What Makes a Game Meaningful and Why Innovative Mechanics Aren't Enough

During the production of my first few game prototypes [September-November 2011], I was inspired to create games with new game mechanics. But now as I am creating this month’s EGP game, novel game mechanics are not enough for me. It’s not enough to motivate me to continue creating.

I am now gearing towards Jenova Chen’s philosophy. Making a game that causes the player to feel a certain way.

Thinking about film for a second, as films have greatly influenced me, I cannot think of an experimental film that greatly affected me. The films that the were meaningful to me, that influenced me, were ones that made me feel differently. [Eternal Sunshine of the Spotless Mind did come to mind]

I can’t name many games that directly express a feeling. Most current great games have a novel game mechanic and fit the secondary art (story, graphics, music) around it [in good taste] to express the feeling: Ico (care), Shadow of the Collosus (epicness), Braid (enigmatic). Few games have a more direct approach: Dys4ia (frustration) [IMO, amazing], …But That Was [Yesterday] (sadness) and Between (lots!). Okay it seems now I’m just naming some of my favorite games. But perhaps that’s the reason they are my favorite. They were meaningful because they made me feel a certain way. They moved me.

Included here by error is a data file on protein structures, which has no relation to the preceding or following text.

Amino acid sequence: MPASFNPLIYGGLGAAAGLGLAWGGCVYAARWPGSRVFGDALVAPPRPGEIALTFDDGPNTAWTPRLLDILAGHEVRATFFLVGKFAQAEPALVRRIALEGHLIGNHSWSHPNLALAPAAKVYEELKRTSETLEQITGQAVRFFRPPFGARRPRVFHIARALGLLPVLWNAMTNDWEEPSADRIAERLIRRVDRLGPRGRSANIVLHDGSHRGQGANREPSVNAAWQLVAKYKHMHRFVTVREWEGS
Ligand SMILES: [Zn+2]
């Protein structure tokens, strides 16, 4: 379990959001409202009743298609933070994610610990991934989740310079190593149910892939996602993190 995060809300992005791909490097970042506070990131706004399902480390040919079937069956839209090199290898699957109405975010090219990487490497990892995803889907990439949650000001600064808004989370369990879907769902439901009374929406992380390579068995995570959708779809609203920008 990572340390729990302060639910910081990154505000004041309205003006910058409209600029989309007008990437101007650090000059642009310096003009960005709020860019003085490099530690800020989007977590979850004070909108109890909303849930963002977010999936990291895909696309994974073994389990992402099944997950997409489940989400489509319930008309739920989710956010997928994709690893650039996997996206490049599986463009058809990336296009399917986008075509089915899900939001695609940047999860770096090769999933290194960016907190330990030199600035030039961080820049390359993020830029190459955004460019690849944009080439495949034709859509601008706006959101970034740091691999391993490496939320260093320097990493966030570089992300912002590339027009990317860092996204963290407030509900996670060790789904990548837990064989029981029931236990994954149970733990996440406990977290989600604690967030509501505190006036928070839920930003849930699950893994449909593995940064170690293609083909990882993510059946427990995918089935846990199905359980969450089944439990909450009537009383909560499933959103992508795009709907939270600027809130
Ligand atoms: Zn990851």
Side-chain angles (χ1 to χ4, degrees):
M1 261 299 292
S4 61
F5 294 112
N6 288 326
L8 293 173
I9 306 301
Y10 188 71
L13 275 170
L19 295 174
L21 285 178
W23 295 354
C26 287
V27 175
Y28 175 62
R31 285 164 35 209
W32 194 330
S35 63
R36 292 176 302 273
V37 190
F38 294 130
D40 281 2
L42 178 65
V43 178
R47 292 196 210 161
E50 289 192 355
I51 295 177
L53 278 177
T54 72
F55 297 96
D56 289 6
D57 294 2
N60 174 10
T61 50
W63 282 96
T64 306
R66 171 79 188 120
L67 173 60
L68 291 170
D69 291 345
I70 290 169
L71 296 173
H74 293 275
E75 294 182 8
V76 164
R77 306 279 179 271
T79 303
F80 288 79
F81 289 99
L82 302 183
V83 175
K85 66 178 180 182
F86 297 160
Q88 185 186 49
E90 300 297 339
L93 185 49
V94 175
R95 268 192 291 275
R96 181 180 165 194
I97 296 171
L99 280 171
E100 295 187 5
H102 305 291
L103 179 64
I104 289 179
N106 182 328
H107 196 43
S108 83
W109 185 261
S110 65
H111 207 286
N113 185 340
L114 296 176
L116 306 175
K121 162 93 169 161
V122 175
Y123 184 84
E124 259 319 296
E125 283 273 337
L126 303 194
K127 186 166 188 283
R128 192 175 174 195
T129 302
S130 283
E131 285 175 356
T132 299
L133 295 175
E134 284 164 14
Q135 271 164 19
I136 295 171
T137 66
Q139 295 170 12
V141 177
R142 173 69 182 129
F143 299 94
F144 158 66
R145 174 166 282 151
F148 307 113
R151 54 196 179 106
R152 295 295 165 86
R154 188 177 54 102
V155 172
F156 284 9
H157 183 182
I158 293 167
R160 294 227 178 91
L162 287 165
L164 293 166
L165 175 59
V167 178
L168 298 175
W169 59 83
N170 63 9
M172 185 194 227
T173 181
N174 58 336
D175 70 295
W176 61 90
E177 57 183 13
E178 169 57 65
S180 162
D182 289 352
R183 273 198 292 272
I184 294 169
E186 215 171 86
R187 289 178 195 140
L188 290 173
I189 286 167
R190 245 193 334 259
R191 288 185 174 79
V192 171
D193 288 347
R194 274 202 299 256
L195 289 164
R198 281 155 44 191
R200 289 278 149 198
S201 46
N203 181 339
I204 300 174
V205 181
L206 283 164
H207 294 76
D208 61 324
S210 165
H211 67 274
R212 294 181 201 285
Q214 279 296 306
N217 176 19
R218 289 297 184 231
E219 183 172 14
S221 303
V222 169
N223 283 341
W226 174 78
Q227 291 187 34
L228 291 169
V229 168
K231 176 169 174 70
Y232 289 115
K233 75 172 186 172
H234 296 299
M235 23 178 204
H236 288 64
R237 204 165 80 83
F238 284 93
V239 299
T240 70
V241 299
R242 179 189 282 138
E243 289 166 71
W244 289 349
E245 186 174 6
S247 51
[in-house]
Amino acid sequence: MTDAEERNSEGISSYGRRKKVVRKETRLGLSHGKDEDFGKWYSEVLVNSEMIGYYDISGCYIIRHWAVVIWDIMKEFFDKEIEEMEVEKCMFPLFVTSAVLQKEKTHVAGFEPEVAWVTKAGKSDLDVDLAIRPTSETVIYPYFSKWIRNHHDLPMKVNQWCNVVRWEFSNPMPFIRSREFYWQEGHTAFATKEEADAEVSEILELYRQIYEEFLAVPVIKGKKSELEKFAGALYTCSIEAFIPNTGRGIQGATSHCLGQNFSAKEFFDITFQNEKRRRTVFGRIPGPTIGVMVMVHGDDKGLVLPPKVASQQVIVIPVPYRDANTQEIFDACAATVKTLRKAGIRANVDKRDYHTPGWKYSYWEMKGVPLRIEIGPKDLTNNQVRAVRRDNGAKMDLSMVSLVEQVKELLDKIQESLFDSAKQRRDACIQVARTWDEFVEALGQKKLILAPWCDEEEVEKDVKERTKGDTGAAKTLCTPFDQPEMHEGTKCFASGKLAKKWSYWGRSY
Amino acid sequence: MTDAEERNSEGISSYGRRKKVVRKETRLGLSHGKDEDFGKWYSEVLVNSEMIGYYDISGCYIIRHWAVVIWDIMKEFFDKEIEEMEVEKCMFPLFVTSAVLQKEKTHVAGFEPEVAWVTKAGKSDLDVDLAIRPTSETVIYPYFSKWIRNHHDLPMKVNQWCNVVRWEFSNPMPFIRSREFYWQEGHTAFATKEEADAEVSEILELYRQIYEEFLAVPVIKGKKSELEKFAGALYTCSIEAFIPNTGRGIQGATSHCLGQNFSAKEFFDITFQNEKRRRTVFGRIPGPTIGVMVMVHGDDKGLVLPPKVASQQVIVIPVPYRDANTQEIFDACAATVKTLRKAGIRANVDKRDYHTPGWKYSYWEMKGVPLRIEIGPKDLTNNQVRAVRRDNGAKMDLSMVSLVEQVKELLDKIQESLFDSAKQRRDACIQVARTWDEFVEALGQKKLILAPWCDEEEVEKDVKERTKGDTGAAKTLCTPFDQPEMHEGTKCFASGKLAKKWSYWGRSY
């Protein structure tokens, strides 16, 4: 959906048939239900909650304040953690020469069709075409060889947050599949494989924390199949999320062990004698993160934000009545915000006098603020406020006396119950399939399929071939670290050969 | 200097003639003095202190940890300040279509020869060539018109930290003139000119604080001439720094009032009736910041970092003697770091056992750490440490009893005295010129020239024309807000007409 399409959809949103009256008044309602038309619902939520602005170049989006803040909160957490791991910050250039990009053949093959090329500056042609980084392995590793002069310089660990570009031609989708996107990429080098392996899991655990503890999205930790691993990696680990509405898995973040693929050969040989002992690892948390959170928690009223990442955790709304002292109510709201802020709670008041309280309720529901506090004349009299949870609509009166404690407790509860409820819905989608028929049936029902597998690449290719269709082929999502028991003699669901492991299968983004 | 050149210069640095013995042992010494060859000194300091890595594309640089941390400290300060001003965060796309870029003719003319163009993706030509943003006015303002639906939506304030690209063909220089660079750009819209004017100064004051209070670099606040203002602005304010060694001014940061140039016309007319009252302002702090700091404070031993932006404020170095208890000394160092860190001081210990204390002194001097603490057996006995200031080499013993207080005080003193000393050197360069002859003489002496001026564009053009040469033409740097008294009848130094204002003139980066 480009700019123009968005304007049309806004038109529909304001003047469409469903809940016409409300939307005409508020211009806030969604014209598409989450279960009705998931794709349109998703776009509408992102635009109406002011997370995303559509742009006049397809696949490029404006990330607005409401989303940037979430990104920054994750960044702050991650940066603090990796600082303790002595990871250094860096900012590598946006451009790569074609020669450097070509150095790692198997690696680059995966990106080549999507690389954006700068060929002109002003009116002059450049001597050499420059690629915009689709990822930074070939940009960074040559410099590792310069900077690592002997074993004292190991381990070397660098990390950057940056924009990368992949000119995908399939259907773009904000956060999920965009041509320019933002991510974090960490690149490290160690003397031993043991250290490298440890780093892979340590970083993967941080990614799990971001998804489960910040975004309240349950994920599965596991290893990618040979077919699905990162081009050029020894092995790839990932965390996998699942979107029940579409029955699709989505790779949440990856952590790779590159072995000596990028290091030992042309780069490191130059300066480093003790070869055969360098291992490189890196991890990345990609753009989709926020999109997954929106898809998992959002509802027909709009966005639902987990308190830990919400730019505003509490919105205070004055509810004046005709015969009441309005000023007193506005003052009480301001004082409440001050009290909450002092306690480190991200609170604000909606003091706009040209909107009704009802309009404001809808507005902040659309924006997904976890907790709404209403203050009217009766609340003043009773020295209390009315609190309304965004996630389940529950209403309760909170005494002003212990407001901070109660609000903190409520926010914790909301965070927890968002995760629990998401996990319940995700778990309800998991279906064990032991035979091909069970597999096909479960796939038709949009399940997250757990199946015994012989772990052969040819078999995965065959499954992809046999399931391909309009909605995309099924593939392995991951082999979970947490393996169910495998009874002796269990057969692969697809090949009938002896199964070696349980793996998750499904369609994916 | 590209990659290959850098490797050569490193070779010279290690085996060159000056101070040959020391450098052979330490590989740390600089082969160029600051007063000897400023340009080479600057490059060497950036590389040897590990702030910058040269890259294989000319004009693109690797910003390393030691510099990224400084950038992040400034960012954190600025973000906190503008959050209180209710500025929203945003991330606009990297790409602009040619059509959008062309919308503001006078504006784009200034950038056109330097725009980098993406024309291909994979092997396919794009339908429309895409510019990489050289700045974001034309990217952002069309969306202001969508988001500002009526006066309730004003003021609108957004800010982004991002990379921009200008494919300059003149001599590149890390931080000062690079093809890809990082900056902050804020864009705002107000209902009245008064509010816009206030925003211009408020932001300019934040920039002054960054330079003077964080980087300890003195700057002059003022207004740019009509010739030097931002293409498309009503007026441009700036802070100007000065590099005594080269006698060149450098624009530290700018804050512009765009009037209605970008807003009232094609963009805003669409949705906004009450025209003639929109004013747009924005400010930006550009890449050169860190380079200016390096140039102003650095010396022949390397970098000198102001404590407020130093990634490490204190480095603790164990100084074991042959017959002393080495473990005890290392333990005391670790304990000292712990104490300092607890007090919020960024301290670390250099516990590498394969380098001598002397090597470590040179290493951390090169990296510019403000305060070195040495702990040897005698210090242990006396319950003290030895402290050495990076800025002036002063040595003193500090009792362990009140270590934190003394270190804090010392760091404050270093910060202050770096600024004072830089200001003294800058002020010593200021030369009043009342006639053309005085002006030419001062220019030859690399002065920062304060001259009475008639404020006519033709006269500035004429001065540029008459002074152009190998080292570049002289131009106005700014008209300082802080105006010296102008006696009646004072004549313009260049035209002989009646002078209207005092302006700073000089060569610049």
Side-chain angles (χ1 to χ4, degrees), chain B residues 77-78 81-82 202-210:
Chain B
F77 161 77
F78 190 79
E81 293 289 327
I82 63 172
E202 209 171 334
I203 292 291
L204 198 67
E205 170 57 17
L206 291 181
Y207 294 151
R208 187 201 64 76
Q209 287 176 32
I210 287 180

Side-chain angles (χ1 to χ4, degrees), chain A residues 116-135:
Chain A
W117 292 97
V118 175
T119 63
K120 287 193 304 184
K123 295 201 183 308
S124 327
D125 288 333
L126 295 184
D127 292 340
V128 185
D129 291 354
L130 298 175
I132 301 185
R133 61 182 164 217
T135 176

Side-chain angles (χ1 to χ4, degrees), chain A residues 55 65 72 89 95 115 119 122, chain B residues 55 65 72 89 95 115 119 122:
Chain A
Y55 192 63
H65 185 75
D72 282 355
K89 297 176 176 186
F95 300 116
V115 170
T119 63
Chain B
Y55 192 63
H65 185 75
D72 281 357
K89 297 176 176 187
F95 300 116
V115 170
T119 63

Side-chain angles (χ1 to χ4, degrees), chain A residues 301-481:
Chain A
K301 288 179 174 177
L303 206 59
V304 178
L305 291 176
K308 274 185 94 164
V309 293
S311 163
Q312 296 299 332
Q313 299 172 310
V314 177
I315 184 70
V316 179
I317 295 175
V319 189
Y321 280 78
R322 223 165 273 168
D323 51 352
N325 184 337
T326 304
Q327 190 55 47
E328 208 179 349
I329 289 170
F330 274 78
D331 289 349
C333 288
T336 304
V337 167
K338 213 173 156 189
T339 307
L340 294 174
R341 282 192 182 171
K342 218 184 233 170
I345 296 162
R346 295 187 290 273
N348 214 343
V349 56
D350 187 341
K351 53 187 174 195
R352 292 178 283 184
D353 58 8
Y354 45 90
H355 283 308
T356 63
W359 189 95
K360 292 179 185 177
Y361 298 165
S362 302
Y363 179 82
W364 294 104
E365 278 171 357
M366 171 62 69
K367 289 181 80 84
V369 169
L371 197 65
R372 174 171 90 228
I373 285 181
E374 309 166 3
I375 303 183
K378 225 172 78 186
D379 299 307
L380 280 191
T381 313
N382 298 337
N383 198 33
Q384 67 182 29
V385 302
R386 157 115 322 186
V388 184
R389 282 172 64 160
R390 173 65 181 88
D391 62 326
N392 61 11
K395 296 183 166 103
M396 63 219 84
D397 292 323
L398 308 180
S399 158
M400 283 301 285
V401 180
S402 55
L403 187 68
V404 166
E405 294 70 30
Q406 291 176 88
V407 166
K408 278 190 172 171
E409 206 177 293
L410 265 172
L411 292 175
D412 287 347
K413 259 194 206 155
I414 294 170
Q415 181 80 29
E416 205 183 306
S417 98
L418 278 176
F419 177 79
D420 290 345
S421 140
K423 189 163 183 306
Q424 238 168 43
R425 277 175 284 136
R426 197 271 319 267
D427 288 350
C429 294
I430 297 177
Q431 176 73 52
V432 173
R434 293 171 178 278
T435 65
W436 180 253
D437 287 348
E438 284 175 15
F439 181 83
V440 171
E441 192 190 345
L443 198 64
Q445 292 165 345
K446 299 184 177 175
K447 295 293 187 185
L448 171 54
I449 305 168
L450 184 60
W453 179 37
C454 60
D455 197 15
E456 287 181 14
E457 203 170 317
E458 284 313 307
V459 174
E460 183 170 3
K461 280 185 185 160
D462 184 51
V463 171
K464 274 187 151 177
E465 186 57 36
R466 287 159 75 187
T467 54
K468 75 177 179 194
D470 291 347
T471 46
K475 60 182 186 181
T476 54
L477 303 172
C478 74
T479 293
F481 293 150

Isn’t that the core of art, an expression of feeling?

What place do purely mechanical games such as (glancing at IGF) Spelunky, Antichamber, Beat Sneak Bandit, The Floor is Jelly, even the mechanically genius Storyteller have? In order for it to be meaningful to me, will these games have be fully developed, realized, harness an emotion for it to have a pronounced affect on me? [Botanicula did make me smile]

I think so. I don’t even care about most of those game as of now.

If Braid did not have the story, graphics, level design, and music that it did, would it have been great? I don’t think so. It would have just been another puzzle game with cool new mechanics. A forgotten IGF winner for best design. A squander.

The importance of “finishing your game” is reiterated. And by finish, it is implied to develop the game until every aspect is fully thought out, until you’ve spent years of your life creating something, something that somehow your life now depends on, in hope that it will be equally appreciated by others as it is to you.

· art game, emotional games